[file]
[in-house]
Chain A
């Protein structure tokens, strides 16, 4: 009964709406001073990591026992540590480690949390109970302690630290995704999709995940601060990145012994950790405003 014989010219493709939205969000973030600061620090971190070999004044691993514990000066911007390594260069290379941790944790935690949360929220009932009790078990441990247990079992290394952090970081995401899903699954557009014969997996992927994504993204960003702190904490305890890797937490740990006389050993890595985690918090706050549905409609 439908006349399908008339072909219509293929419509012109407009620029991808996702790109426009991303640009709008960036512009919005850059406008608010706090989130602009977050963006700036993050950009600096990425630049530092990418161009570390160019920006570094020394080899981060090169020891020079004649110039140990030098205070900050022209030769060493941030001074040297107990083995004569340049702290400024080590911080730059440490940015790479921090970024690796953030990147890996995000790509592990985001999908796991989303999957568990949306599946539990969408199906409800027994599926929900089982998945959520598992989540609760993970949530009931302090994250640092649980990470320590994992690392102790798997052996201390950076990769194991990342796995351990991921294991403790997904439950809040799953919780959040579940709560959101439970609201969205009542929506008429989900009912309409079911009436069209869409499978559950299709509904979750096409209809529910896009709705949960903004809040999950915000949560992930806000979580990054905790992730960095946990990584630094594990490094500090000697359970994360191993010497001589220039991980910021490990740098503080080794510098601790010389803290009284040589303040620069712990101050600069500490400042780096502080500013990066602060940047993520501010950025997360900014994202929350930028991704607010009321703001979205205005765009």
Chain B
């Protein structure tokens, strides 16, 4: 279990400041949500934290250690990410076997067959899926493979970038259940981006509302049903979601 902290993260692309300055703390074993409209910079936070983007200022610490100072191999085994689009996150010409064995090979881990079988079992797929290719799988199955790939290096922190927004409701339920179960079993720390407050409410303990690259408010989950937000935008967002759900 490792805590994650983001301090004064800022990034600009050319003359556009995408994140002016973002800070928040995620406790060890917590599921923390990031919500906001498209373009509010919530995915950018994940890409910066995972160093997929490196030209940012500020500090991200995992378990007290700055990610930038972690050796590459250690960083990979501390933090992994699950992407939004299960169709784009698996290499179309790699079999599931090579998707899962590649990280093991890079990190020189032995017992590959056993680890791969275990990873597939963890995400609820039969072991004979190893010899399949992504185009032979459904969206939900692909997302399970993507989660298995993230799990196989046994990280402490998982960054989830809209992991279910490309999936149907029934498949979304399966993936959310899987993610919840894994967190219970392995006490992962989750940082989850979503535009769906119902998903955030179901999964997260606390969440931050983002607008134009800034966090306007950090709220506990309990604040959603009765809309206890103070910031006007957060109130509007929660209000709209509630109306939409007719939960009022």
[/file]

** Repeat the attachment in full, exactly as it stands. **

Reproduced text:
[in-house]
Chain A
């Protein structure tokens, strides 16, 4: 009964709406001073990591026992540590480690949390109970302690630290995704999709995940601060990145012994950790405003 014989010219493709939205969000973030600061620090971190070999004044691993514990000066911007390594260069290379941790944790935690949360929220009932009790078990441990247990079992290394952090970081995401899903699954557009014969997996992927994504993204960003702190904490305890890797937490740990006389050993890595985690918090706050549905409609 439908006349399908008339072909219509293929419509012109407009620029991808996702790109426009991303640009709008960036512009919005850059406008608010706090989130602009977050963006700036993050950009600096990425630049530092990418161009570390160019920006570094020394080899981060090169020891020079004649110039140990030098205070900050022209030769060493941030001074040297107990083995004569340049702290400024080590911080730059440490940015790479921090970024690796953030990147890996995000790509592990985001999908796991989303999957568990949306599946539990969408199906409800027994599926929900089982998945959520598992989540609760993970949530009931302090994250640092649980990470320590994992690392102790798997052996201390950076990769194991990342796995351990991921294991403790997904439950809040799953919780959040579940709560959101439970609201969205009542929506008429989900009912309409079911009436069209869409499978559950299709509904979750096409209809529910896009709705949960903004809040999950915000949560992930806000979580990054905790992730960095946990990584630094594990490094500090000697359970994360191993010497001589220039991980910021490990740098503080080794510098601790010389803290009284040589303040620069712990101050600069500490400042780096502080500013990066602060940047993520501010950025997360900014994202929350930028991704607010009321703001979205205005765009």
Chain B
């Protein structure tokens, strides 16, 4: 279990400041949500934290250690990410076997067959899926493979970038259940981006509302049903979601 902290993260692309300055703390074993409209910079936070983007200022610490100072191999085994689009996150010409064995090979881990079988079992797929290719799988199955790939290096922190927004409701339920179960079993720390407050409410303990690259408010989950937000935008967002759900 490792805590994650983001301090004064800022990034600009050319003359556009995408994140002016973002800070928040995620406790060890917590599921923390990031919500906001498209373009509010919530995915950018994940890409910066995972160093997929490196030209940012500020500090991200995992378990007290700055990610930038972690050796590459250690960083990979501390933090992994699950992407939004299960169709784009698996290499179309790699079999599931090579998707899962590649990280093991890079990190020189032995017992590959056993680890791969275990990873597939963890995400609820039969072991004979190893010899399949992504185009032979459904969206939900692909997302399970993507989660298995993230799990196989046994990280402490998982960054989830809209992991279910490309999936149907029934498949979304399966993936959310899987993610919840894994967190219970392995006490992962989750940082989850979503535009769906119902998903955030179901999964997260606390969440931050983002607008134009800034966090306007950090709220506990309990604040959603009765809309206890103070910031006007957060109130509007929660209000709209509630109306939409007719939960009022």